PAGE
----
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|Title:||Multi-modal biomedical sensor for personalized diagnosis and treatment||Authors:||Hong, Yan||Keywords:||DRNTU::Engineering::Bioengineering||Issue Date:||2018||Publisher:||Nanyang Technological University||Source:||Hong, Y. (2018). EMulti-modal biomedical sensor for personalized diagnosis and treatment. Doctoral thesis, Nanyang Technological University, Singapore.||Abstract:||CMOS has been wildly used in biomedical applications for personalized diagnosis and treatment. The biomedical application of CMOS can be divided into two broad categories: invasive and noninvasive treatments. The invasive procedure includes the micro-electrical stimulation and recording systems that involve microelectrode insertion on tissue for neurological and physiological studies and clinical treatments. The noninvasive procedure includes the wearable health systems, where the optical sensing photoplethysmography (PPG) has been of recent interest due to the electrode-free operation for the heart-rate, the variability extraction for heart-rate and blood oxygen level monitoring (SpO2). In the micro-electrical stimulation/recording systems, the electrode-tissue interface impedance plays a significant role to ensure charge balance, maintain stimulus intensity, limit the over-potential of the electrode under the water window, prevent tissue damage, and more. It is therefore crucial to have an equivalent circuit model with precise fitting to the practical behavior of the electrode-electrolyte interface, which confers great benefits in biomedical studies, circuit designs, impedance monitoring, etc. Meanwhile, the electrode-electrolyte interface impedance will change over time after the implantation of the electrodes in clinical applications, possibly due to tissue growth, inflammation, electrode erosion and so on. It is also vital to monitoring the electrode-electrolyte interface impedance characteristics. For the PPG sensor in non-invasive wearable application, a cost-effective approach is the key requirement in all internet of things (IOT) applications. Consequently, a hybrid-π model and parameter extraction method is explored for electrode-electrolyte interface characterization with superbly accurate reactance in high frequency biomedical applications. A training-based compensation scheme is proposed for the non-ideal circuit effects in I/Q impedance measurement architectures, which has been verified through simulation results obtained from Simulink analysis. A current-excited triple-time-voltage oversampling impedance sensing method is provided to deduce different component values by solving triple simultaneous electric equations at different time nodes during current excitation. To reduce the power consumption, a time-domain impedance sensor readout circuit in the absence of analog-to-digital converter (ADC) is developed. This prototype is fabricated in 0.18-µm CMOS technology. It consumes only 9.84 to 73.2 nJ of energy, and requires merely 3 ms per measurement. As for the PPG sensor in non-invasive wearable health systems, having low power consumption is also vital. A PPG sensor is proposed to detect the slope of photodiode current amplitude by converting only the incremental signal of the cardiac cycle. Afterwards, the PPG signal trend is obtained by a time-domain comparator. Lower power consumption and very much enhanced data compression are achieved by the proposed PPG sensor due to the elimination of ADC in the system. The proposed readout circuit consumes only 5.89 µW and occupies about 0.035-mm2 of area.||URI:||http://hdl.handle.net/10356/73374||Fulltext Permission:||restricted||Fulltext Availability:||With Fulltext|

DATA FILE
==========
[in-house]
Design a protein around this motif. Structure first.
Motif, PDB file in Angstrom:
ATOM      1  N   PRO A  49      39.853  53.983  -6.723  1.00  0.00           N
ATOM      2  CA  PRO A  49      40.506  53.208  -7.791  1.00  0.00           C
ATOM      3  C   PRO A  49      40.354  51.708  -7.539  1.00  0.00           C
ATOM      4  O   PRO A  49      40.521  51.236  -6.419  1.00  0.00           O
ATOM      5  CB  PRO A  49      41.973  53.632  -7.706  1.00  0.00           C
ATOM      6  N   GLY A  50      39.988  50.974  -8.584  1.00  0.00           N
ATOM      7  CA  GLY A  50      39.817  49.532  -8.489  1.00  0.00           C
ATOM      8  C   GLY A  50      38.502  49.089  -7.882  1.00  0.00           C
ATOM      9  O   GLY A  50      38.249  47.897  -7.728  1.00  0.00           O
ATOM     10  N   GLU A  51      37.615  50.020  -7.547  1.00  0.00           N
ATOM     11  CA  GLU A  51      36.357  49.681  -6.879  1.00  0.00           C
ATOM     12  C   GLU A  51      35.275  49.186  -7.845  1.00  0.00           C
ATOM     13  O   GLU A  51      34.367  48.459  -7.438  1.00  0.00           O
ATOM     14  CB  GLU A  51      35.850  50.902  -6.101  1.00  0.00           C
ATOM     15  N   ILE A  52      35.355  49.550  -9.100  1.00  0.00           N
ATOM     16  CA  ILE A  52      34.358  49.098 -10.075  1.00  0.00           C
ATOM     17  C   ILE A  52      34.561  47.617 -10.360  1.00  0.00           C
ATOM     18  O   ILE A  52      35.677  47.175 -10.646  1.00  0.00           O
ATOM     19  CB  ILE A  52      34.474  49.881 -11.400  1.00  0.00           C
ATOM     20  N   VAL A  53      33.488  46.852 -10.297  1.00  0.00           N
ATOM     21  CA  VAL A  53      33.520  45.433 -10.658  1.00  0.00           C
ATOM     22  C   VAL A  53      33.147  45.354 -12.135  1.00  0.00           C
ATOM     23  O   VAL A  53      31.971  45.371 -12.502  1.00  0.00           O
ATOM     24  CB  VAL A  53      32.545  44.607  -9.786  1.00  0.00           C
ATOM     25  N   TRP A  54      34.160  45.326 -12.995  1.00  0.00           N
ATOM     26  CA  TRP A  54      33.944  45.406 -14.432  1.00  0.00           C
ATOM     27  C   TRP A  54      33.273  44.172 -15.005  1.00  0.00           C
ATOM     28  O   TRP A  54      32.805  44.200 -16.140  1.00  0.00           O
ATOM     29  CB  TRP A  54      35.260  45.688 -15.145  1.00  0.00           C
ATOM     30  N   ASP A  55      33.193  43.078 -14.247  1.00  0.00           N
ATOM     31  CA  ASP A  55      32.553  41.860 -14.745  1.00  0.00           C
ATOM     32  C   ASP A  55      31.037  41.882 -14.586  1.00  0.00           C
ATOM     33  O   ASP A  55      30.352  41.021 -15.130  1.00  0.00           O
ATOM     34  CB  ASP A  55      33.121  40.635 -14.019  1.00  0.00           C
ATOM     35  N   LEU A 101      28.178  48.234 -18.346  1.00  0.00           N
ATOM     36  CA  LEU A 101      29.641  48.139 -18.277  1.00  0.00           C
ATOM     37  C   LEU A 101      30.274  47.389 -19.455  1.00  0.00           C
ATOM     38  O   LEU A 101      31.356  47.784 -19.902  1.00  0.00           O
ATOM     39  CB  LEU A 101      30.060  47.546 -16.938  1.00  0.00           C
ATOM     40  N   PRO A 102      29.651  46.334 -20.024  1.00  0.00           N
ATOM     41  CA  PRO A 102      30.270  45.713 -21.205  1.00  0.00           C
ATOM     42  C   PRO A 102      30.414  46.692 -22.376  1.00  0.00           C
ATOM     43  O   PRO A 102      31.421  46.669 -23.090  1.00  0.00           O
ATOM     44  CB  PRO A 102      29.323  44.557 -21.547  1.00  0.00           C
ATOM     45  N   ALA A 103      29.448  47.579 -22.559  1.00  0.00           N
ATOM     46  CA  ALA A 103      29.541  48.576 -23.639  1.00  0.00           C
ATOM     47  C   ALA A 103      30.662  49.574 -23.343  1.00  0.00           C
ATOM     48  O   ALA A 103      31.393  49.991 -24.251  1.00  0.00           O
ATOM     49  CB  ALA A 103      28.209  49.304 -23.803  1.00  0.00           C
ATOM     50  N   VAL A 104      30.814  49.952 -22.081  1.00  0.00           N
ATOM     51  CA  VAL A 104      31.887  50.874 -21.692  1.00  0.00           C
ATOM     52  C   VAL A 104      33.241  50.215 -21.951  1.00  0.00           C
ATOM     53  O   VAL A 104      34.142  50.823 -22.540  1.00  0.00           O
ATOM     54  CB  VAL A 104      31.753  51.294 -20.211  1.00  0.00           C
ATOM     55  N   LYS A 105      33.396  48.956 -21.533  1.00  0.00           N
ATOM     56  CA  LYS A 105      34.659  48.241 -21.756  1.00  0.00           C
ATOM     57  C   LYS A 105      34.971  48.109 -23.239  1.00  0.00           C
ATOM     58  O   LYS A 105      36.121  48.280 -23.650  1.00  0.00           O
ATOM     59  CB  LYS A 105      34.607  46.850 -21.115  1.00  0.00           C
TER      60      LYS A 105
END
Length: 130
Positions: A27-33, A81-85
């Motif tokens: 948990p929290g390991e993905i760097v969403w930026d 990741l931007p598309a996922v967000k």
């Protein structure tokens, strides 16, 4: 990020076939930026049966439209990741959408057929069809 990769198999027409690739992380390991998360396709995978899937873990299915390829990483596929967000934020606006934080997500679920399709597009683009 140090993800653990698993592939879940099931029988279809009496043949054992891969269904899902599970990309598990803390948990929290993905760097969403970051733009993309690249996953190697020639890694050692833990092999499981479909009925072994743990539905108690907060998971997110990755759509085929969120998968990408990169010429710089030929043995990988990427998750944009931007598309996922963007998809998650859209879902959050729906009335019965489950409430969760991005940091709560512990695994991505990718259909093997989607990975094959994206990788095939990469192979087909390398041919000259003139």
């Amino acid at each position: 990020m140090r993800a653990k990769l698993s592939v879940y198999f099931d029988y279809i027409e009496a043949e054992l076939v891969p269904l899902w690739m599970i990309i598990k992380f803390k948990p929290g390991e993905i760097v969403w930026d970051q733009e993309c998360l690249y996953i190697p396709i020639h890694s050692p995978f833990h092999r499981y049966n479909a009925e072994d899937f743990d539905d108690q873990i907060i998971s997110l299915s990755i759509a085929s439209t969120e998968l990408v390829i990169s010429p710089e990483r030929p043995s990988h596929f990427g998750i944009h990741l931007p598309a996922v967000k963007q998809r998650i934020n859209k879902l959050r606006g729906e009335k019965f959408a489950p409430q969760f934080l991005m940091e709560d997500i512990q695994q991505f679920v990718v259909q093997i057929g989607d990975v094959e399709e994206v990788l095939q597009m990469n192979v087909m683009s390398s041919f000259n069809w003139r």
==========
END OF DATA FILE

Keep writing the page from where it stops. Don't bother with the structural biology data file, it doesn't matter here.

|Appears in Collections:||EEE Theses|
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